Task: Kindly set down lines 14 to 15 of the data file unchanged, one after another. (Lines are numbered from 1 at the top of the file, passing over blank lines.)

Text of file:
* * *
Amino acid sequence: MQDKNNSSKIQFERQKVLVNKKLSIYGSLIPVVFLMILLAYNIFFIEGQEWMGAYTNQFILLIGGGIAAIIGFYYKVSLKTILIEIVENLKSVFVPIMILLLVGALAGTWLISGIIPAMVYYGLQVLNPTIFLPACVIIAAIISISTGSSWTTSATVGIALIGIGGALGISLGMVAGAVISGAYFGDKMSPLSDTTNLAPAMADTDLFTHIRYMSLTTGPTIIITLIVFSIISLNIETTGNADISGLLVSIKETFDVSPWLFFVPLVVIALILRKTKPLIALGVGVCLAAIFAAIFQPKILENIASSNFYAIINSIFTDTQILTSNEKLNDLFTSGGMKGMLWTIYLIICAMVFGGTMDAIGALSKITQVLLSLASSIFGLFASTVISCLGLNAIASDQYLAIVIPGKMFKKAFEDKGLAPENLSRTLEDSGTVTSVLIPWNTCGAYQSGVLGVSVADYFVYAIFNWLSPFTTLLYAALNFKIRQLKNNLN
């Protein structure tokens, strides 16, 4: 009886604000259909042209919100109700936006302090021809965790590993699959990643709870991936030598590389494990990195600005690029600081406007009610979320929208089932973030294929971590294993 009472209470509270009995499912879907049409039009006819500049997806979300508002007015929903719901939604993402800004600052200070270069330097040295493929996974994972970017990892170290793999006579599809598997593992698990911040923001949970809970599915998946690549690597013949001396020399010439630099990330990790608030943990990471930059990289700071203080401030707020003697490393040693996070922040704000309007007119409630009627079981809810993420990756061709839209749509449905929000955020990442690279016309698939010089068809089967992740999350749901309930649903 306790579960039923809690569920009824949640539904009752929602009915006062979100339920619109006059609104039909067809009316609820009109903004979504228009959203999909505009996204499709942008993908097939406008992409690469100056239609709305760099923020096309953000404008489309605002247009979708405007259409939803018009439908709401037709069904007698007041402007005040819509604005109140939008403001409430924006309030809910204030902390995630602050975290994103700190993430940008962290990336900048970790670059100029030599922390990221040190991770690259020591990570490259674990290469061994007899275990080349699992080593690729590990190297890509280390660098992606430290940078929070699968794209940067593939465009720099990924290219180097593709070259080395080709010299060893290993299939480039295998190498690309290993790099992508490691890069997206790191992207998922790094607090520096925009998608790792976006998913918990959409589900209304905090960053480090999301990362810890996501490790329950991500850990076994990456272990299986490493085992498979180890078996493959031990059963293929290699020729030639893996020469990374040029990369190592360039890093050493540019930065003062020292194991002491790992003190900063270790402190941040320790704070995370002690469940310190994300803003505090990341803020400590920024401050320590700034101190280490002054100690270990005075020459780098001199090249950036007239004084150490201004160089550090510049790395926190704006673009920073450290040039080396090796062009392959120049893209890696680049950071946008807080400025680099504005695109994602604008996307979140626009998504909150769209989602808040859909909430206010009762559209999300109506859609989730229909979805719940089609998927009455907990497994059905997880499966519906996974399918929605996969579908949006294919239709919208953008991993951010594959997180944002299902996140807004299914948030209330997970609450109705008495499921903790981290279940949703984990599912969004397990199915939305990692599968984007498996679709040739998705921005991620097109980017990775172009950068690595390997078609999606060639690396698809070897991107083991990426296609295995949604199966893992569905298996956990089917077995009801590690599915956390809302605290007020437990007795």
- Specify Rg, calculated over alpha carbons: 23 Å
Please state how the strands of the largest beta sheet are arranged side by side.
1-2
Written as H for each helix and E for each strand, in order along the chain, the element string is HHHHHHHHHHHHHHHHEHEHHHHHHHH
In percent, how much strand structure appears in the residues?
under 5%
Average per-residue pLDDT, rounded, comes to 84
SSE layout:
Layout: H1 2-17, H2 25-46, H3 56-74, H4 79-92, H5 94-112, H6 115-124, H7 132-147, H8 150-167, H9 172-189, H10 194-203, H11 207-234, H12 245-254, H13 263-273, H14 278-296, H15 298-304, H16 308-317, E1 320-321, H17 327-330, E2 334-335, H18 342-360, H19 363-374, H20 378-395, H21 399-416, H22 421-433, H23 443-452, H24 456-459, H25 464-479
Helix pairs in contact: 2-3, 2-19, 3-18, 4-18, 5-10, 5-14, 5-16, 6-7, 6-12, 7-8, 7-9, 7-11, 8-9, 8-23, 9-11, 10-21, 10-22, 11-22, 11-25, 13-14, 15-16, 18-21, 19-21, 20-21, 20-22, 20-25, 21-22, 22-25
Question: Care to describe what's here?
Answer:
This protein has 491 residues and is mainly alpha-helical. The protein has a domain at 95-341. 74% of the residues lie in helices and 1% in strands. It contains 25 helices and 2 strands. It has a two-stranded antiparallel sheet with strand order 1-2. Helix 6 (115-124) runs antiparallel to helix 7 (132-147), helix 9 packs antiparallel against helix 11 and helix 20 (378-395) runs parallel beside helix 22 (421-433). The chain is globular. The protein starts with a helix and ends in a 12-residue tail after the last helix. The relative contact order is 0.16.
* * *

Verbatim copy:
Answer:
This protein has 491 residues and is mainly alpha-helical. The protein has a domain at 95-341. 74% of the residues lie in helices and 1% in strands. It contains 25 helices and 2 strands. It has a two-stranded antiparallel sheet with strand order 1-2. Helix 6 (115-124) runs antiparallel to helix 7 (132-147), helix 9 packs antiparallel against helix 11 and helix 20 (378-395) runs parallel beside helix 22 (421-433). The chain is globular. The protein starts with a helix and ends in a 12-residue tail after the last helix. The relative contact order is 0.16.